Voice of Real Australia is a regular newsletter from ACM, which has journalists in every state and territory. Today's newsletter was written by ACM national agriculture reporter Chris McLennan.
Long-time residents of Katherine in outback Northern Territory have an understandable fear of flooding.
Most of them have never fully recovered from the floods of 1998 which basically wiped three quarters of the town from the map.
This town of about 10,000 folk is still dangerously perched on the banks of the Katherine River.
It is a typical Top End river which is sedate looking for much of the year until the monsoons arrive in the wet season.
During the '98 flood enough water flowed underneath the town's bridge every 12 hours to fill Sydney Harbor.
The Katherine rises very fast.
The town's hospital is still worryingly located on the river banks although money has been found to move the stations headquarters for police, fire and ambulance to higher ground.
There are long term plans to move the core of the town away from the river to Katherine East but it is 24 years now since those devastating floods.
Everyone recognises another flood will surely come.
Money was set aside to prepare Katherine for that reality but there is little to show for it.
Some small levee banks are planned but they won't do much in a 1998 scenario, the engineers readily admit that.
One matter which occupied officialdom after 1998 was the issue of warning.
That flooding was caused by torrential rain from the remains of Cyclone Les in the headwaters of the Katherine, Roper, Adelaide, Mary, Wildman and South Alligator rivers as the system moved slowly west.
Residents said the knew about Cyclone Les but not its likely impact until less than a day before disaster struck.
Katherine had sirens installed early on as a warning system but in this age of 24/7 media, the sirens were removed.
In their place came a camera which was installed on the road bridge leading off the Sturt Highway into the town from Darwin in 2017.
This camera is pointed at the adjacent century-old and disused steel railway bridge.
On one of the mighty bridge supports is a gauge, a series of numbers showing the river height in metres.
Lighting was installed for night-time viewing.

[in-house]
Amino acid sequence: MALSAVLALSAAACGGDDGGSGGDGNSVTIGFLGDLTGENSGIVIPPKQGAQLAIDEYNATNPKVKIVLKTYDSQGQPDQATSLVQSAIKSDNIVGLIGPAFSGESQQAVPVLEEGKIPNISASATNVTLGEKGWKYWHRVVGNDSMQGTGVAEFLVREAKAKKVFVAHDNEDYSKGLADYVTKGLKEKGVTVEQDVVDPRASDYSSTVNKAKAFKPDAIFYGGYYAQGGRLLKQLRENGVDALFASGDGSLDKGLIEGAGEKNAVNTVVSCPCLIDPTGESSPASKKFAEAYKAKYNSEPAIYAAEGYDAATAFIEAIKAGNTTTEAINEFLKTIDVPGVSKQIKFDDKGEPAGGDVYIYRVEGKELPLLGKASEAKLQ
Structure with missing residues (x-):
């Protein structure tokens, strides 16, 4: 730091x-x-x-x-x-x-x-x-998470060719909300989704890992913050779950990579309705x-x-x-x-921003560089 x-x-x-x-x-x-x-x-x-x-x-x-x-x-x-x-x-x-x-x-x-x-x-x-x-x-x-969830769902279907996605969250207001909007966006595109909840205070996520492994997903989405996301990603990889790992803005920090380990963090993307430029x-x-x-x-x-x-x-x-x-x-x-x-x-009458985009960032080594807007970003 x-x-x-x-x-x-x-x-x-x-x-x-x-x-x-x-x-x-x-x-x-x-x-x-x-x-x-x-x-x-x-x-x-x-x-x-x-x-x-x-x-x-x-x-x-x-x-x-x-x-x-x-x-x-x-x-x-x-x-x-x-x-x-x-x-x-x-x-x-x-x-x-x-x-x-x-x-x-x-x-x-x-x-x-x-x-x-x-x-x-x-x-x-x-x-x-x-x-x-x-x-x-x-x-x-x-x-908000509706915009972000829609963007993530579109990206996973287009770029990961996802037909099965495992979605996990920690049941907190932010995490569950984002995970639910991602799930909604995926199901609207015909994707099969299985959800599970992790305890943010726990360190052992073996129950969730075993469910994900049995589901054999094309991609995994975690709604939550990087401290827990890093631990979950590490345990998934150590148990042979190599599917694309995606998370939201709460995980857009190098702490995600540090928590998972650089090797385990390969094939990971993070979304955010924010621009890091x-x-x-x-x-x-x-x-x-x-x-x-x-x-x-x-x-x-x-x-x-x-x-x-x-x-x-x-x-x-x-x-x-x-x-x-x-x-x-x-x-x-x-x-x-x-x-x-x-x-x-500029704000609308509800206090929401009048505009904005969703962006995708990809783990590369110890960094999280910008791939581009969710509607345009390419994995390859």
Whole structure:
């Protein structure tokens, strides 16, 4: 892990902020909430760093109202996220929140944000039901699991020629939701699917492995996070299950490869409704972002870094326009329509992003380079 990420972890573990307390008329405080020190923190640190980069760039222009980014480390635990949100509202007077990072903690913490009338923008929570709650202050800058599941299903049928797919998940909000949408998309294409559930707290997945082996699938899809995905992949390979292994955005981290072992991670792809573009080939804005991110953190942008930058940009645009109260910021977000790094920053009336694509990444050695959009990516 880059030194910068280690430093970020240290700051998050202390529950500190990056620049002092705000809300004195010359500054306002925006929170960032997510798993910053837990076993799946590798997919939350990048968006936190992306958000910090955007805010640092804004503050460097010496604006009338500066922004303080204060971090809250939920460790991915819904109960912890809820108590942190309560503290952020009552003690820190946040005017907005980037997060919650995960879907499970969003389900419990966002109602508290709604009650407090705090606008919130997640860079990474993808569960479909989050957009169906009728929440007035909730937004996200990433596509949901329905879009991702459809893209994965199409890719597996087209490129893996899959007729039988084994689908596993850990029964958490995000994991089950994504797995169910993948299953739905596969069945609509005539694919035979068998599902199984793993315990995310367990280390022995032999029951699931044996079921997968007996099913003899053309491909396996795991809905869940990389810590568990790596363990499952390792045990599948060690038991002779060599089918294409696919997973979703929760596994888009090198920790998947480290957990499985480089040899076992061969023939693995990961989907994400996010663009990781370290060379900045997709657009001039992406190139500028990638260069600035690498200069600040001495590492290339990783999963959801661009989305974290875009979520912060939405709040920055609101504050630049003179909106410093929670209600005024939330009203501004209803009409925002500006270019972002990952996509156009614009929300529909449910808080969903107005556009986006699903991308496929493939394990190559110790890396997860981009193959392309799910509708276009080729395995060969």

Getting those numbers to stick given the tremendous power of the water season flow has been a constant problem.
But the bigger problem has been getting the camera to work when it is most needed.
Heavy rain or lightning seems to knock it out - a problem for any flood warning system you might agree.
This "river cam" updates its view every 30 seconds, with a free link from the Katherine Town Council website.
In the case of looming emergency, residents keep a close eye on the river level and usually when it reaches 16 or 17 metres they know there could be trouble coming.
The river peaked at 20.4 metres on January 27 in 1998.
The Bureau of Meteorology has a regular river update on its website as well although this is harder to find.
People drive across the bridge to have a look at the height and post their risky snaps on local social media pages.
You can even walk out on the railway bridge and look down on the river - amazing to experience in high flows.
Another Les-type cyclone crossed from the Gulf of Carpentaria and headed straight for Katherine a few weeks ago.
Tiffany was downgraded to a tropical low by the time it had travelled across the Arnhem escarpments to impact the town.
Tiffany caused what has been called "moderate" damage in the region but the feared flooding in Katherine did not happen.
There was heavy rain in Katherine before the system arrived, yep, the camera went on the blink.
The exact reason it was installed at great cost in the first place as an early warning system was lost.
Perhaps there needed to be a second camera for redundancy, lives are at stake.
Katherine survived Tiffany mostly intact, the next time it might not be so lucky.
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